Orioles lose Yaughn, R. Lewis, feel like winners

November 18, 1992|By Jim Henneman | Jim Henneman,Staff Writer

NEW YORK -- The Orioles came away from the National League expansion draft unscathed for the 1993 season, losing two untested pitchers.

General manager Roland Hemond said he was pleased with the outcome and that the light damage did not indicate the Orioles' talent wasn't worth plundering.

The Colorado Rockies and Florida Marlins passed over unprotected Orioles veterans, such as first basemen Glenn Davis and Randy Milligan, second basemen Bill Ripken and Mark McLemore and pitchers Bob Milacki and Mark Williamson, in favor of a pair of young right-handers: Kip Yaughn and Richie Lewis.

"I'm not embarrassed by it by any means," Hemond said of the fact that no Orioles were taken until late in the first and second rounds. "Those other teams who lost players late [the Philadelphia Phillies and Seattle Mariners] didn't win 89 games last year.

"On our parent club, we have a good nucleus of young players -- and I would say that our protected list was probably one of the youngest in baseball."

Yaughn, 7-8 with a 3.48 ERA with the Double-A Hagerstown Suns, was the first player lost by the Orioles, the 24th player selected overall. Lewis, 1-1 in two appearances with the Orioles and 10-9 with a 3.28 ERA with the Triple-A Rochester Red Wings, was the 26th player taken in the second round, 51st overall.

Both were selected by the Marlins. Lewis, who played at Florida State, was the eighth straight right-handed pitcher, and 10th in 13 second-round picks, chosen by the Marlins.

"Overall, I'm pleased with what transpired," said Hemond, "because we were able to come away without damage to our 1993 club.

"Yaughn is a a good prospect, but he would have been a long shot to make our team in spring training," said Hemond. "Lewis had a fine year at Rochester and would've had an outside chance, but at this point he didn't figure strongly in our plans [for next year]."

Hemond was asked whether the fact that Orioles players were taken late in the rounds was a reflection on the minor-league system.

"Not at all," he said. "We had the fewest number of players eligible [75], which I think is an indication that we sign [prospects] young and don't deal with a lot of veteran players just to balance the system."

After the first round, the Orioles and other American League teams were allowed to add four players to their protected list while National League teams pulled back three apiece. When Yaughn was lost, the Orioles quickly submitted their additional names. It is believed those four came from among pitchers John O'Donoghue and Jim Poole, catcher Jeff Tackett and outfielders Chito Martinez and Damon Buford.

"It was a combination [of major- and minor-league players]," was all that Hemond would say about the additions, though he did confirm that Davis was left unprotected for all three rounds.

The Orioles went into the draft expecting to lose either Yaughn or O'Donoghue in the first round. O'Donoghue, a 6-foot-6 left-hander who has moved rapidly through the organization in three years, impressed manager Johnny Oates, who saw him in the Arizona Fall League.

"I'm tickled to death that he wasn't picked," said Oates, "because I think he can be a good major-league pitcher."

Of the minor-league pitchers in the organization, O'Donoghue is considered the closest to the big leagues and could be a candidate for the staff next year. Yaughn, however, graded higher overall as a prospect, so the Orioles were hardly surprised when his name was finally called.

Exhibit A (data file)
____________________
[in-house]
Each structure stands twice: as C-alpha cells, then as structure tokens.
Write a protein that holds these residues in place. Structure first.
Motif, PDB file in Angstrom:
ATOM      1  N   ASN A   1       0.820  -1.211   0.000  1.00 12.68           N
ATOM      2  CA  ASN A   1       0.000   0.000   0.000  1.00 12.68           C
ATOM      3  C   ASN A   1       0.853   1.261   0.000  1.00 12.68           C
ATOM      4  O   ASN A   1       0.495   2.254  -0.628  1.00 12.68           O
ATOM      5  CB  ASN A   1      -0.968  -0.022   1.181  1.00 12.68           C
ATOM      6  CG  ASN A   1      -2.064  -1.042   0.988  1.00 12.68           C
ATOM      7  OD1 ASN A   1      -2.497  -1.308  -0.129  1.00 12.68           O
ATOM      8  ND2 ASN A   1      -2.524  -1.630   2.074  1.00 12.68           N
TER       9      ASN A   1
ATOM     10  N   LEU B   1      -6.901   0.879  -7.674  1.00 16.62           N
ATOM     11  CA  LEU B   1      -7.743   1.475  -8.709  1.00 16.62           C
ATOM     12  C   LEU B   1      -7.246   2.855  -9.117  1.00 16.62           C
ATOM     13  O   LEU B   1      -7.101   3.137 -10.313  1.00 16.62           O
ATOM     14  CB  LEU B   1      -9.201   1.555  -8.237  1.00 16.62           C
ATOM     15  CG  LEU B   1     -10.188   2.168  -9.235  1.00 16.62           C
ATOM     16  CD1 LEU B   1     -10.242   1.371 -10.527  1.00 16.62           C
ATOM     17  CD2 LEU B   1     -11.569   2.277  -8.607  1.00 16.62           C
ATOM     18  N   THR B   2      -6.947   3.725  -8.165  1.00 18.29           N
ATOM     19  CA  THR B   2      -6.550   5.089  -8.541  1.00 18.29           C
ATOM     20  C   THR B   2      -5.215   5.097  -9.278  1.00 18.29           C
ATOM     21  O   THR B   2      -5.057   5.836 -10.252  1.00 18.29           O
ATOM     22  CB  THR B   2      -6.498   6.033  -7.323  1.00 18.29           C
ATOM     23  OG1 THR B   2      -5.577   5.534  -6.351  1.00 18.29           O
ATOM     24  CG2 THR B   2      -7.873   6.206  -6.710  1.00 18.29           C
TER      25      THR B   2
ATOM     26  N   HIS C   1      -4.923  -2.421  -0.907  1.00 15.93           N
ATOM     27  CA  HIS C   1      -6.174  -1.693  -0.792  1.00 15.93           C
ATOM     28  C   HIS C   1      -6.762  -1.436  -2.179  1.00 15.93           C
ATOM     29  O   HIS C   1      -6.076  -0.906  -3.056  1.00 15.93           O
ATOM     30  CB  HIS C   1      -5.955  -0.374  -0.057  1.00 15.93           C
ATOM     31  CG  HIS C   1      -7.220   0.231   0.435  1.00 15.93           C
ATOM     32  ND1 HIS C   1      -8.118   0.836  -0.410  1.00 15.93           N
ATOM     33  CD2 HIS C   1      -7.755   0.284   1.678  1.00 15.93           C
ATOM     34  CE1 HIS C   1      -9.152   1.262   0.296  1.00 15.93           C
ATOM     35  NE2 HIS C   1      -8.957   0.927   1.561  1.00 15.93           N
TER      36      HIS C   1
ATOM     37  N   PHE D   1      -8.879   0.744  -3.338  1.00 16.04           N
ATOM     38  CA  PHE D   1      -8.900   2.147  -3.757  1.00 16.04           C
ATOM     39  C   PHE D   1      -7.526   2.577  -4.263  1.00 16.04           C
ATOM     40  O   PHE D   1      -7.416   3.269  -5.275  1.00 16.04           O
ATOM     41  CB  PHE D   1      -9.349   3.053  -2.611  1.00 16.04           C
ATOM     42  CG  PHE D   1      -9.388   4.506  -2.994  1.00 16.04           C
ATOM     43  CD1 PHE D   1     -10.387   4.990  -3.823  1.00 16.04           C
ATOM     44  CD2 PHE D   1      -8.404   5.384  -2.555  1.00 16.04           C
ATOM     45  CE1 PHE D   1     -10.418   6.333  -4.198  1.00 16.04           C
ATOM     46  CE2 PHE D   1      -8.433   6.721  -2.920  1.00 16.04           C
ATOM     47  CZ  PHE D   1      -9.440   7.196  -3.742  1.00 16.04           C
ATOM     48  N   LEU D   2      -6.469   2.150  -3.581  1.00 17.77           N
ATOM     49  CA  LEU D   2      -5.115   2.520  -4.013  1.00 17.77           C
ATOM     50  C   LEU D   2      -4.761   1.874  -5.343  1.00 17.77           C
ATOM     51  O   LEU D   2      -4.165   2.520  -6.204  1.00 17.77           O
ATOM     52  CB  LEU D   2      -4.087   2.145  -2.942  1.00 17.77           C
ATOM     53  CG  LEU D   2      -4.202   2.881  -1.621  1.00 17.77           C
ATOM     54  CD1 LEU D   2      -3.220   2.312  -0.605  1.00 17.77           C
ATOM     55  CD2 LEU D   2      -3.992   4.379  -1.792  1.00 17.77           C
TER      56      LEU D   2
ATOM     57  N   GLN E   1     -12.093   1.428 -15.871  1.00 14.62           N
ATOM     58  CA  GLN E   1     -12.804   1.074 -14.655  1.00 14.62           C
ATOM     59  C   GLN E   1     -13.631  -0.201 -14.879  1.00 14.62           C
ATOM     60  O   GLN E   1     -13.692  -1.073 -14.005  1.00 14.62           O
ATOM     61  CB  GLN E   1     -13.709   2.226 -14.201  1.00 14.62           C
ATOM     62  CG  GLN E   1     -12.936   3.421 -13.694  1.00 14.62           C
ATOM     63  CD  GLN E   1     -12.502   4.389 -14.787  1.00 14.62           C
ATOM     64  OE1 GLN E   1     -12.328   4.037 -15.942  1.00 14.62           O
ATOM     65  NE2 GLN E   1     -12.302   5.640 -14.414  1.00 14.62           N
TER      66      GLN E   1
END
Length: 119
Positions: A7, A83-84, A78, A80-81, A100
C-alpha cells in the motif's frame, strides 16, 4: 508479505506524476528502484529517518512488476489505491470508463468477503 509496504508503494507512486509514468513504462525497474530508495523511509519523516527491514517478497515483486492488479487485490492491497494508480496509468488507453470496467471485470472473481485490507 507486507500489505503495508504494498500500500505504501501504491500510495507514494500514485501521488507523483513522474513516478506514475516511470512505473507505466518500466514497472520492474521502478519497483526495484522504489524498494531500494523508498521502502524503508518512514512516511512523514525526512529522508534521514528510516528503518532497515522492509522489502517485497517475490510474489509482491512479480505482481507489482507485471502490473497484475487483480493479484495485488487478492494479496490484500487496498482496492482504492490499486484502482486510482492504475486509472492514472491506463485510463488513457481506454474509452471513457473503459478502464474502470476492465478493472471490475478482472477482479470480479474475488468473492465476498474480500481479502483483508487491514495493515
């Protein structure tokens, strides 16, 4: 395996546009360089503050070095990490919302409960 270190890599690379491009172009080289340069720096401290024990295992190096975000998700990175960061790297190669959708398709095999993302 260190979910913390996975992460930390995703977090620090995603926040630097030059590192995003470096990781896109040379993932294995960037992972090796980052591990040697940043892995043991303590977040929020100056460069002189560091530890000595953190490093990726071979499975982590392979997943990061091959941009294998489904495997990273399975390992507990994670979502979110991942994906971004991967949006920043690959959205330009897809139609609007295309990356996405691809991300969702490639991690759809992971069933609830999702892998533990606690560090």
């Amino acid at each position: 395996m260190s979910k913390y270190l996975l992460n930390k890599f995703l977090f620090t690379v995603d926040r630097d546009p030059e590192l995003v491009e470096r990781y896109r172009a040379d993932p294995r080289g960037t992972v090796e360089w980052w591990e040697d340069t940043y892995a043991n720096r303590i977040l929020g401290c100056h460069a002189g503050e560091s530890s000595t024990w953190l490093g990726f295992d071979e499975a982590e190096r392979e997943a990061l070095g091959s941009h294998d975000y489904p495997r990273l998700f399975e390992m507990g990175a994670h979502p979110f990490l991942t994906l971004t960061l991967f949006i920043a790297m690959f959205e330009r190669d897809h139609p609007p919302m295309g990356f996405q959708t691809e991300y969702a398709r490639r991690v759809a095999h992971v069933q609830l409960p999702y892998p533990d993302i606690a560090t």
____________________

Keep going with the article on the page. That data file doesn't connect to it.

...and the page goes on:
"I know [Florida scout] Ken Kravec saw him pitch a real good game this summer," said Hemond. "I was there, and I knew when he [Kravec] left that he had to be impressed."

Yaughn had trouble with a bone spur in his elbow and missed the last month of the season, except for one brief appearance. He then went to the instructional league for two weeks, a move that was a calculated gamble for the Orioles.

"It was a two-edged sword," Yaughn said after being notified of his selection by the Marlins. "The Orioles needed to know [whether he was healthy], and I needed to pitch. But it gave other teams a chance to see me."

Yaughn said he was not taken by surprise.

"I felt I had a chance to go in the first round," he said, "but I anticipated somebody else going and them pulling me back for the second round.

"My goal was to get to the big leagues -- whether it be as an Oriole or a Marlin. I had a lot of good friends with the Orioles, and I never had any reason to not want to be with them.

"But the Orioles are contending for a pennant, and I haven't pitched in the big leagues," said Yaughn. "Breaking camp [with the Orioles] might have been tough for me, but I might have made it later in the year. My chances should be better with the Marlins. I think I have a shot."

Unlike Yaughn, Lewis said he was shocked by the fact he was selected.

Lewis, who was obtained for left-hander Chris Myers from the Montreal Expos two years ago, said he thought he was secure with the Orioles after the first round.

"I'm stunned right now," he said. "My dad just brought me home. I watched the draft all day at my grandmother's house, then I had to come home to eat dinner and had a flat tire on the way.

"I missed the whole second round. I didn't know what happened until my father came to pick me up. I was in between houses when I got drafted. After they [the Orioles] lost Kip, I kind of thought they would protect me for the second round. I'm a little surprised."

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